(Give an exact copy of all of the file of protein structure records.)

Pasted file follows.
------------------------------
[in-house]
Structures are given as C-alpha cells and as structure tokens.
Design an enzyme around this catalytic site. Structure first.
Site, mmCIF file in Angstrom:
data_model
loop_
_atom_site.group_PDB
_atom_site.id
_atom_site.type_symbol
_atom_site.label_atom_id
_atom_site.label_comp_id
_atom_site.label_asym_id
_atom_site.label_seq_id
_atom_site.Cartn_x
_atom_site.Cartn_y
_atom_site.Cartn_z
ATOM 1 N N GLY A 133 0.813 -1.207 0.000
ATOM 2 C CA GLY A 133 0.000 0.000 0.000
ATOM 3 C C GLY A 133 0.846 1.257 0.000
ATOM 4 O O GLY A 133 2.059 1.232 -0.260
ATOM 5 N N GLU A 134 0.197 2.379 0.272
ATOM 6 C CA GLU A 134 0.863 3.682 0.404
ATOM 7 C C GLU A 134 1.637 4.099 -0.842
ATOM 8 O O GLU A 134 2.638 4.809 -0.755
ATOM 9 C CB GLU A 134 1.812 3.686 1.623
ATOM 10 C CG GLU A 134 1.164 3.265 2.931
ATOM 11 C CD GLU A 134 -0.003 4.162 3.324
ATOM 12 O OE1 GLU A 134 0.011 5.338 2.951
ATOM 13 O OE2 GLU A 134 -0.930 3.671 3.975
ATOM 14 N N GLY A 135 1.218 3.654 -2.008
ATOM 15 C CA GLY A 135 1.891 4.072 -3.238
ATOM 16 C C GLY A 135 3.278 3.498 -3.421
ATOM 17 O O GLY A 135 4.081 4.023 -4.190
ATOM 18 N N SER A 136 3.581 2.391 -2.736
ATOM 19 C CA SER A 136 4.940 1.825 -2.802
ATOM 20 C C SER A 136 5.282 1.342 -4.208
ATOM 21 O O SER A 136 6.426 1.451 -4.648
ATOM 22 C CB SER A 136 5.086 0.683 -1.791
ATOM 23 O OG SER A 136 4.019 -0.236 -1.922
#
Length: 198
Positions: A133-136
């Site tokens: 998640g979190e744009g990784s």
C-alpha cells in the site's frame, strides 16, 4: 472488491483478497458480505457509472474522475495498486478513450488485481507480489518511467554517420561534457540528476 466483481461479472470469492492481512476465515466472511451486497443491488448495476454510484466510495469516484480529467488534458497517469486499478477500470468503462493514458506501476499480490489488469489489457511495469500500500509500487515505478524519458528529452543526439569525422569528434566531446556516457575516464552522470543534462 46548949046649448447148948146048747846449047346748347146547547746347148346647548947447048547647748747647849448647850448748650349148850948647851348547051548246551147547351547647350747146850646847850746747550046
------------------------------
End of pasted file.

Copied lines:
[in-house]
Structures are given as C-alpha cells and as structure tokens.
Design an enzyme around this catalytic site. Structure first.
Site, mmCIF file in Angstrom:
data_model
loop_
_atom_site.group_PDB
_atom_site.id
_atom_site.type_symbol
_atom_site.label_atom_id
_atom_site.label_comp_id
_atom_site.label_asym_id
_atom_site.label_seq_id
_atom_site.Cartn_x
_atom_site.Cartn_y
_atom_site.Cartn_z
ATOM 1 N N GLY A 133 0.813 -1.207 0.000
ATOM 2 C CA GLY A 133 0.000 0.000 0.000
ATOM 3 C C GLY A 133 0.846 1.257 0.000
ATOM 4 O O GLY A 133 2.059 1.232 -0.260
ATOM 5 N N GLU A 134 0.197 2.379 0.272
ATOM 6 C CA GLU A 134 0.863 3.682 0.404
ATOM 7 C C GLU A 134 1.637 4.099 -0.842
ATOM 8 O O GLU A 134 2.638 4.809 -0.755
ATOM 9 C CB GLU A 134 1.812 3.686 1.623
ATOM 10 C CG GLU A 134 1.164 3.265 2.931
ATOM 11 C CD GLU A 134 -0.003 4.162 3.324
ATOM 12 O OE1 GLU A 134 0.011 5.338 2.951
ATOM 13 O OE2 GLU A 134 -0.930 3.671 3.975
ATOM 14 N N GLY A 135 1.218 3.654 -2.008
ATOM 15 C CA GLY A 135 1.891 4.072 -3.238
ATOM 16 C C GLY A 135 3.278 3.498 -3.421
ATOM 17 O O GLY A 135 4.081 4.023 -4.190
ATOM 18 N N SER A 136 3.581 2.391 -2.736
ATOM 19 C CA SER A 136 4.940 1.825 -2.802
ATOM 20 C C SER A 136 5.282 1.342 -4.208
ATOM 21 O O SER A 136 6.426 1.451 -4.648
ATOM 22 C CB SER A 136 5.086 0.683 -1.791
ATOM 23 O OG SER A 136 4.019 -0.236 -1.922
#
Length: 198
Positions: A133-136
């Site tokens: 998640g979190e744009g990784s």
C-alpha cells in the site's frame, strides 16, 4: 472488491483478497458480505457509472474522475495498486478513450488485481507480489518511467554517420561534457540528476 466483481461479472470469492492481512476465515466472511451486497443491488448495476454510484466510495469516484480529467488534458497517469486499478477500470468503462493514458506501476499480490489488469489489457511495469500500500509500487515505478524519458528529452543526439569525422569528434566531446556516457575516464552522470543534462 46548949046649448447148948146048747846449047346748347146547547746347148346647548947447048547647748747647849448647850448748650349148850948647851348547051548246551147547351547647350747146850646847850746747550046